Understand projection

Til: Since I understand mathematical morphology which is a complete lattice, and understand the logic of all complete lattices by association, since projection is a complete lattice, i already understand the logic of projections.

1.2 The “Logic” of Projections
As stressed by von Neumann, the {0,1}
{0,1}
-valued observables may be regarded as encoding propositions about—or, to use his phrasing, properties of—the state of the system. It is not difficult to show that a self-adjoint operator P
P
with spectrum contained in the two-point set {0,1}
{
0
,
1
}
must be a projection; i.e., P2=P
P
2
=
P
. Such operators are in one-to-one correspondence with the closed subspaces of H
H
. Indeed, if P
P
is a projection, its range is closed, and any closed subspace is the range of a unique projection. If u
u
is any unit vector, then ⟨Pu,u⟩=||Pu||2

P
u
,
u

=
|
|
P
u
|
|
2
is the expected value of the corresponding observable in the state represented by u
u
. Since this observable is {0,1}
{
0
,
1
}
-valued, we can interpret this expected value as the probability that a measurement of the observable will produce the “affirmative” answer 1. In particular, the affirmative answer will have probability 1 if and only if Pu = u; that is, u
u
lies in the range of P
P
. Von Neumann concludes that

… the relation between the properties of a physical system on the one hand, and the projections on the other, makes possible a sort of logical calculus with these. However, in contrast to the concepts of ordinary logic, this system is extended by the concept of “simultaneous decidability” which is characteristic for quantum mechanics. (1932: 253)

Let’s examine this “logical calculus” of projections. Ordered by set-inclusion, the closed subspaces of H
H
form a complete lattice, in which the meet (greatest lower bound) of a set of subspaces is their intersection, while their join (least upper bound) is the closed span of their union. Since a typical closed subspace has infinitely many complementary closed subspaces, this lattice is not distributive; however, it is orthocomplemented by the mapping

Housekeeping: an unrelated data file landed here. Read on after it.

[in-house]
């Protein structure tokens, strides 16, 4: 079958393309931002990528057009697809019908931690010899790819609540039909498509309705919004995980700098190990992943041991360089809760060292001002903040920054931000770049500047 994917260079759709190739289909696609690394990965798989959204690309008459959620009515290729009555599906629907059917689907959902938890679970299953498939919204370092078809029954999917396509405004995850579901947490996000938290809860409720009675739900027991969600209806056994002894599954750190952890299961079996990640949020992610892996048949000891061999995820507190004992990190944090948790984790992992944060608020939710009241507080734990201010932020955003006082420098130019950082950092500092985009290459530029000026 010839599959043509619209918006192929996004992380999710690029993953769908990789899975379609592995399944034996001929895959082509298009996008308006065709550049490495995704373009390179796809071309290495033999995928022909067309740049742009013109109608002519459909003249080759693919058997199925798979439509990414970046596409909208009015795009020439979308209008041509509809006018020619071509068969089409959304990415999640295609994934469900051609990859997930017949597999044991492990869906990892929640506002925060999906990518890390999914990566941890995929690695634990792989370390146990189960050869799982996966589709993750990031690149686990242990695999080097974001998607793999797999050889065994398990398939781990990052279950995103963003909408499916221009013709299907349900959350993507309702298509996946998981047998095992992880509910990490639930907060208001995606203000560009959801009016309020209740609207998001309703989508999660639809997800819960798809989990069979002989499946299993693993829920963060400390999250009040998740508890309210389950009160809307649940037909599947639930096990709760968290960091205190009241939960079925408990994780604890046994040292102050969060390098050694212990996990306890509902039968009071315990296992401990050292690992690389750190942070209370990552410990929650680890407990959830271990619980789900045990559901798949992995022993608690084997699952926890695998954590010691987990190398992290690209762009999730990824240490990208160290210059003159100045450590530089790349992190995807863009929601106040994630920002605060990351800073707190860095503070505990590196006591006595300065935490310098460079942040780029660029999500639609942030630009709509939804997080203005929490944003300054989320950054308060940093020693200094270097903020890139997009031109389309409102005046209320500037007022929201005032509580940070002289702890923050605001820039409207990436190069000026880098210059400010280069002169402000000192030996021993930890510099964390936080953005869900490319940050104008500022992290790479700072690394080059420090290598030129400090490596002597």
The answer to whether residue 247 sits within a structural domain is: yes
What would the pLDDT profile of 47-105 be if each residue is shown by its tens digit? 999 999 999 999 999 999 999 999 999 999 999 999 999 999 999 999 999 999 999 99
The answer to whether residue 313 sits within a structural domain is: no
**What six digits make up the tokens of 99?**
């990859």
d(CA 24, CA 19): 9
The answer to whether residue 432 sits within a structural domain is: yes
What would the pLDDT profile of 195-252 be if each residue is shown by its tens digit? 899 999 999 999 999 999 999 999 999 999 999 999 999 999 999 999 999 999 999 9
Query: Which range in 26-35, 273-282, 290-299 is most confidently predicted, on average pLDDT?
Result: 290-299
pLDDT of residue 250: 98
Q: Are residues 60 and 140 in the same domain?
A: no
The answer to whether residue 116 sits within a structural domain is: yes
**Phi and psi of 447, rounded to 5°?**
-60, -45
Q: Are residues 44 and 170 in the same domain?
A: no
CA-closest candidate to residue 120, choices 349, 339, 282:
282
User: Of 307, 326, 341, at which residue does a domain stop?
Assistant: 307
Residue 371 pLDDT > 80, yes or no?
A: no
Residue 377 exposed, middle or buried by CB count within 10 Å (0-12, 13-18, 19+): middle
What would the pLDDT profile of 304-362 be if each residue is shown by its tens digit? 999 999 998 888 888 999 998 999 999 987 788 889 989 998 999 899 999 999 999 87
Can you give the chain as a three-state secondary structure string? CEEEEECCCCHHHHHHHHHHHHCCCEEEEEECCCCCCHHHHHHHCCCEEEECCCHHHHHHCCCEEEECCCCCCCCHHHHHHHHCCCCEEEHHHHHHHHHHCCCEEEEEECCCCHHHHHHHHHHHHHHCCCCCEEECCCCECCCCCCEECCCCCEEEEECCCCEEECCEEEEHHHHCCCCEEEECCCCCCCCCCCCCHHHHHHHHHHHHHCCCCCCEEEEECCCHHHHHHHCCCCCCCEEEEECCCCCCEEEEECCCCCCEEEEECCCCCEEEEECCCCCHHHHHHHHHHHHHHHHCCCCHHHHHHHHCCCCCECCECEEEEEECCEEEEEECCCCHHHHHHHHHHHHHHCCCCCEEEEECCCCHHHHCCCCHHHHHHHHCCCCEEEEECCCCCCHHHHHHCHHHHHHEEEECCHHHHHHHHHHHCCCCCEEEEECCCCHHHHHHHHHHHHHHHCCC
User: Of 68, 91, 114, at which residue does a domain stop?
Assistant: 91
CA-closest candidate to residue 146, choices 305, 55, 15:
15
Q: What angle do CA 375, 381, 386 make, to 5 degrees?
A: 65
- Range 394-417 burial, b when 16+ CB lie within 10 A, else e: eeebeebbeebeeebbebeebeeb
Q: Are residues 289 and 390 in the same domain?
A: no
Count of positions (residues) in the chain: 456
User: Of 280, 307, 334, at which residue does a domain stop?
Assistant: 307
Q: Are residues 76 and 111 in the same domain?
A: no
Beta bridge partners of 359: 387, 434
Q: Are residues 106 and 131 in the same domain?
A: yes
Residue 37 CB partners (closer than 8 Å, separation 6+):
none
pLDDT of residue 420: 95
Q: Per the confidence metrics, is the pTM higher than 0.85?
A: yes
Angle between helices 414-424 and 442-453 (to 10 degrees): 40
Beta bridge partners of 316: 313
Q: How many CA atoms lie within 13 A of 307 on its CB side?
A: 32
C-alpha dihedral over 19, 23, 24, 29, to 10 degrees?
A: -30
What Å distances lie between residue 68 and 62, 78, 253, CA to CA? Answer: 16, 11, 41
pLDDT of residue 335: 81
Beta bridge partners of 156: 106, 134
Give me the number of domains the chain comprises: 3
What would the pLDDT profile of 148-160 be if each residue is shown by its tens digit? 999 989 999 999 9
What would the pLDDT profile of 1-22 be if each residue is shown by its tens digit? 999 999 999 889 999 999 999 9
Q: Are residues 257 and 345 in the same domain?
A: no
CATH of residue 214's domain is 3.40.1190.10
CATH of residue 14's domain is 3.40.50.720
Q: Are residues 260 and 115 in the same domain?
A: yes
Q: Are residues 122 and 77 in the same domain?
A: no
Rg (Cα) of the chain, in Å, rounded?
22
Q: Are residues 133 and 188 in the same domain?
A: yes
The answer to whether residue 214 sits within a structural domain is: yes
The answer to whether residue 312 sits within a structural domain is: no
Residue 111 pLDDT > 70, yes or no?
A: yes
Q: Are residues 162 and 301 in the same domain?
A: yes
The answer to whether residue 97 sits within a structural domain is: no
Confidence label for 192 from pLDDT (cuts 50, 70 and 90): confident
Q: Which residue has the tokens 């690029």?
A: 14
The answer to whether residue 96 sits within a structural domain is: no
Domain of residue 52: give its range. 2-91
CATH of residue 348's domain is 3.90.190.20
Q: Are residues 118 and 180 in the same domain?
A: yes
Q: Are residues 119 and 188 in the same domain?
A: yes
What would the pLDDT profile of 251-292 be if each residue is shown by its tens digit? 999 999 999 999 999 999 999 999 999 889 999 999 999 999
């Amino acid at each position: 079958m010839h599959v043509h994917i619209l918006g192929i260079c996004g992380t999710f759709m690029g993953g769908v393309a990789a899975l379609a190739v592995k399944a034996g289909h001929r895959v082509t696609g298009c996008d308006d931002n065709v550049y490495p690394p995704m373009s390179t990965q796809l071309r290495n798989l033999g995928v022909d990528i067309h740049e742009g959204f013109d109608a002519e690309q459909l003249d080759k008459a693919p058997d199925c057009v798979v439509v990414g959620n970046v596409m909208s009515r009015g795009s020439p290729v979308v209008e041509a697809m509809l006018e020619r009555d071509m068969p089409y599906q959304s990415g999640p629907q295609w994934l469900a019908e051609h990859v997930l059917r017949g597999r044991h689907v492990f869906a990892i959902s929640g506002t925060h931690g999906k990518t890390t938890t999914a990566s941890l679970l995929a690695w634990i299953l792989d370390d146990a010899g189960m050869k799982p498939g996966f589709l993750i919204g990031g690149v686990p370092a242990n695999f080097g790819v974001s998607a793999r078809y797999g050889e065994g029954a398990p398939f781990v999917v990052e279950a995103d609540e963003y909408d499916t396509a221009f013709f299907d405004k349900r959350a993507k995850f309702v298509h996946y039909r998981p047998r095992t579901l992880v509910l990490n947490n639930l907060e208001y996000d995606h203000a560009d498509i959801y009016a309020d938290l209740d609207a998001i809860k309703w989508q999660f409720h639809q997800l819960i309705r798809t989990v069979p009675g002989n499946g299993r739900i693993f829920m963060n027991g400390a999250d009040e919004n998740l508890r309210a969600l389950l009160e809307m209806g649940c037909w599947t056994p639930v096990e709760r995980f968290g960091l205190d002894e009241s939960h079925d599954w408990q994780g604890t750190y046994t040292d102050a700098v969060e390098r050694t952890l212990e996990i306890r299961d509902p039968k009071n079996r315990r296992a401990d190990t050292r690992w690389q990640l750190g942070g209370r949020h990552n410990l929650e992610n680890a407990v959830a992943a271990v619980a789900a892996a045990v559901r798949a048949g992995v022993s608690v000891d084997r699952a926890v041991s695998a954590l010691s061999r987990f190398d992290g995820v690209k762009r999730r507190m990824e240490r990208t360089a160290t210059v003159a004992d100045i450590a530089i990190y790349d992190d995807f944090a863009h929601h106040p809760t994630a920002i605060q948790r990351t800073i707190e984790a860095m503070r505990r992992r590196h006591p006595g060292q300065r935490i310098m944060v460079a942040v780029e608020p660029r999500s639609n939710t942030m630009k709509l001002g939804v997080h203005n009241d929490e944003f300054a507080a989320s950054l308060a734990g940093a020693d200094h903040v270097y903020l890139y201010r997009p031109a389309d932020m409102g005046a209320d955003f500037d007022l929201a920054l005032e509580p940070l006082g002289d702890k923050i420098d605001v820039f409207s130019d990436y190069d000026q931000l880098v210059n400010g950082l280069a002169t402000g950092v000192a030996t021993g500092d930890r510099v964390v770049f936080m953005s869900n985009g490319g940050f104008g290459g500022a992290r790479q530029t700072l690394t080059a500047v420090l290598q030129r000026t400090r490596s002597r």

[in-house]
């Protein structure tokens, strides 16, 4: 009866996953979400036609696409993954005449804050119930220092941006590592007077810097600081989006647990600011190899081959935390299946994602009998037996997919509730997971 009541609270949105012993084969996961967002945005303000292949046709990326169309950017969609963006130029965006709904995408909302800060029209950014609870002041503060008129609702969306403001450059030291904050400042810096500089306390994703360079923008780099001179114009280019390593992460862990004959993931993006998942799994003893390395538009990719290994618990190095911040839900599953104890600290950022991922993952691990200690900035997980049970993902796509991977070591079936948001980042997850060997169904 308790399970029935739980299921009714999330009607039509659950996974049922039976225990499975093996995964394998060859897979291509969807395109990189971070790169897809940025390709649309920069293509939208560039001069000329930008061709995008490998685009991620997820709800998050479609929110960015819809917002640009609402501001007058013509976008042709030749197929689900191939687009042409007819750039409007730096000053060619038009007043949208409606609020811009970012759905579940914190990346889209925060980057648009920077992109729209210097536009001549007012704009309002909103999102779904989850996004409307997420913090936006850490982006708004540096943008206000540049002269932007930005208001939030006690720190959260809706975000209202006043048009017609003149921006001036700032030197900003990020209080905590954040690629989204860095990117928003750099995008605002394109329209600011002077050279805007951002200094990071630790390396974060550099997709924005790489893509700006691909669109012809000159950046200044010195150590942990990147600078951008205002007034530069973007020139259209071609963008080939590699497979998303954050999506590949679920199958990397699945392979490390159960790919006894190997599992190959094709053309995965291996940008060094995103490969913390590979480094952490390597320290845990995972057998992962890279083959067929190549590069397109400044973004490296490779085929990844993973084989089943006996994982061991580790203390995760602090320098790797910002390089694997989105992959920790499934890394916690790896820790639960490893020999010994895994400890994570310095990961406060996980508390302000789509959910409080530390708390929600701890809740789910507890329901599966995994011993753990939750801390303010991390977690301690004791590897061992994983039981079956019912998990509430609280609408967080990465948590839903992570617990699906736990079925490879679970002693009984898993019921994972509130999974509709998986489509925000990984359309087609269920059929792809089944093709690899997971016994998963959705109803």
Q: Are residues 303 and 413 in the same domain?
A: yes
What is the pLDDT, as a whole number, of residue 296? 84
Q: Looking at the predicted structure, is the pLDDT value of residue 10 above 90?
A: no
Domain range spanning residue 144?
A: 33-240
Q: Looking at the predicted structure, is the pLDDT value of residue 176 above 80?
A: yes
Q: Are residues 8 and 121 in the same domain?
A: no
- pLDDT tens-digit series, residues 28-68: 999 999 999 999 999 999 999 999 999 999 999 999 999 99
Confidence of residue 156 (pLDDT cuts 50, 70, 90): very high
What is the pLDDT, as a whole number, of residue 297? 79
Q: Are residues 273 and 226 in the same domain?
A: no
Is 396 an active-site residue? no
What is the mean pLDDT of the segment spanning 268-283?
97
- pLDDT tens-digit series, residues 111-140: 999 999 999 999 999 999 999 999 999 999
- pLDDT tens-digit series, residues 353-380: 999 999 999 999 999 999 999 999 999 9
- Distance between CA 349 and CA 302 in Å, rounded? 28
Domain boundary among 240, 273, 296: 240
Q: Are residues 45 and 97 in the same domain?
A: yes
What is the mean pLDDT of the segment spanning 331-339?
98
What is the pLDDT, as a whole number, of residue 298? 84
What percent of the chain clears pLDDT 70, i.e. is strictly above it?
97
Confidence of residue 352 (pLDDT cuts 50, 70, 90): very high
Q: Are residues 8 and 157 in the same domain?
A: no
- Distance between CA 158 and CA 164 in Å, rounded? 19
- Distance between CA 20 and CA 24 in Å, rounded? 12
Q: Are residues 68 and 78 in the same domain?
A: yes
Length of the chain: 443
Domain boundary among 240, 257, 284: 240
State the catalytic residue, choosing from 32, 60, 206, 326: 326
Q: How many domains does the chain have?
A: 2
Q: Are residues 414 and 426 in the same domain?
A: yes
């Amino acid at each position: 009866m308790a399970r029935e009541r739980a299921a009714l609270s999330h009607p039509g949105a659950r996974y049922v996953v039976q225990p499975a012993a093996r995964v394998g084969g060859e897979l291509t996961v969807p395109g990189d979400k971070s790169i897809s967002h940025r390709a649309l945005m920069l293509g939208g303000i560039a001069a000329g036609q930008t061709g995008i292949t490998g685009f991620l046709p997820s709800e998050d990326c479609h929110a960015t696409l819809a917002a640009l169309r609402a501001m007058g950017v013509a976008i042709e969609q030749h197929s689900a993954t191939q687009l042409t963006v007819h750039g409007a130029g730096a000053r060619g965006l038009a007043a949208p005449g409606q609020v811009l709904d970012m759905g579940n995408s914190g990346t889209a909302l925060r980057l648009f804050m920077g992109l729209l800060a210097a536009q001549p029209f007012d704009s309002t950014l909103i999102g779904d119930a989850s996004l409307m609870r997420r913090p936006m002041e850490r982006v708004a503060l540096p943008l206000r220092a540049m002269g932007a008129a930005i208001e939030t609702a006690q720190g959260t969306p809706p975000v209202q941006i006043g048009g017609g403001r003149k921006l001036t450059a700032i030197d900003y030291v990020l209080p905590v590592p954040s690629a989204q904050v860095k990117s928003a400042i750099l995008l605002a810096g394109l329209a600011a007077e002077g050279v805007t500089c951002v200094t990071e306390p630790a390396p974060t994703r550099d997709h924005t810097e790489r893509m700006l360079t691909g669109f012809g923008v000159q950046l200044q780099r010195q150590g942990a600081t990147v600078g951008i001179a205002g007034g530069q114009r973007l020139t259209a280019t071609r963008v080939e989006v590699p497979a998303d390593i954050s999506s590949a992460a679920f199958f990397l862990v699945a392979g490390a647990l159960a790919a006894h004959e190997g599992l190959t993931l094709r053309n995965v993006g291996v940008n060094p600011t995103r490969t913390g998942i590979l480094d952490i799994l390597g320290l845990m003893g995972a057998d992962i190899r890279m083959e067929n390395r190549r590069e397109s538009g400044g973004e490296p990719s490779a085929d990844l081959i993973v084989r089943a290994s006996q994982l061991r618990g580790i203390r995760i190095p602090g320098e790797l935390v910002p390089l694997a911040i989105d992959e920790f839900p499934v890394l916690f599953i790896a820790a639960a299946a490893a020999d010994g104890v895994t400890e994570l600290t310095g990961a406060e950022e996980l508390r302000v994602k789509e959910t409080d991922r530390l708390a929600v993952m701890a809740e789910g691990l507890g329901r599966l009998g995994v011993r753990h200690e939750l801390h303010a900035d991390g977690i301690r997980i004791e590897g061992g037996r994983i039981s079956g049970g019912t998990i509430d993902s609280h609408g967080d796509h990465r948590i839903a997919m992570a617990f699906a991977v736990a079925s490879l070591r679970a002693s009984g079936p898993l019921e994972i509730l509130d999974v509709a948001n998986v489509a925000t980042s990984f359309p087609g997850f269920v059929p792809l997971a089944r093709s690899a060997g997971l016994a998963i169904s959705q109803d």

M→M⊥={v∈H∣∀u∈M(⟨v,u⟩=0)}.
M

M

=
{
v

H


u

M
(

v
,
u

=
0
)
}
.
In view of the above-mentioned one-one correspondence between closed subspaces and projections, we may impose upon the set L(H)
L
(
H
)
the structure of a complete orthocomplemented lattice, defining P≤Q
P

Q
, where ran(P)⊆ran(Q)
ran
(
P
)

ran
(
Q
)
and P′=1−P
P

=
1

P
(so that ran(P′)=ran(P)⊥)
ran
(
P

)
=
ran
(
P
)

)
. It is straightforward that P≤Q
P

Q
just in case PQ=QP=P
P
Q
=
Q
P
=
P
. More generally, if PQ = QP, then PQ=P∧Q
P
Q
=
P

Q
, the meet of P
P
and Q
Q
in L(H)
L
(
H
)
; also in this case their join is given by P∨Q=P+Q−PQ
P

Q
=
P
+
Q

P
Q
.

1.1 Lemma:
Let P
P
and Q
Q
be projection operators on the Hilbert space H
H
. The following are equivalent:

PQ=QP
P
Q
=
Q
P
The sublattice of L(H)
L
(
H
)
generated by P,Q,P′
P
,
Q
,
P

and Q′
Q

is Boolean
P,Q
P
,
Q
lie in a common Boolean sub-ortholattice of L(H)
L
(
H
)
.
Adhering to the idea that commuting observables—in particular, projections—are simultaneously measurable, we conclude that the members of a Boolean sub-ortholattice of L(H)
L(H)
are simultaneously testable. This suggests that we can maintain a classical logical interpretation of the meet, join and orthocomplement as applied to commuting projections.

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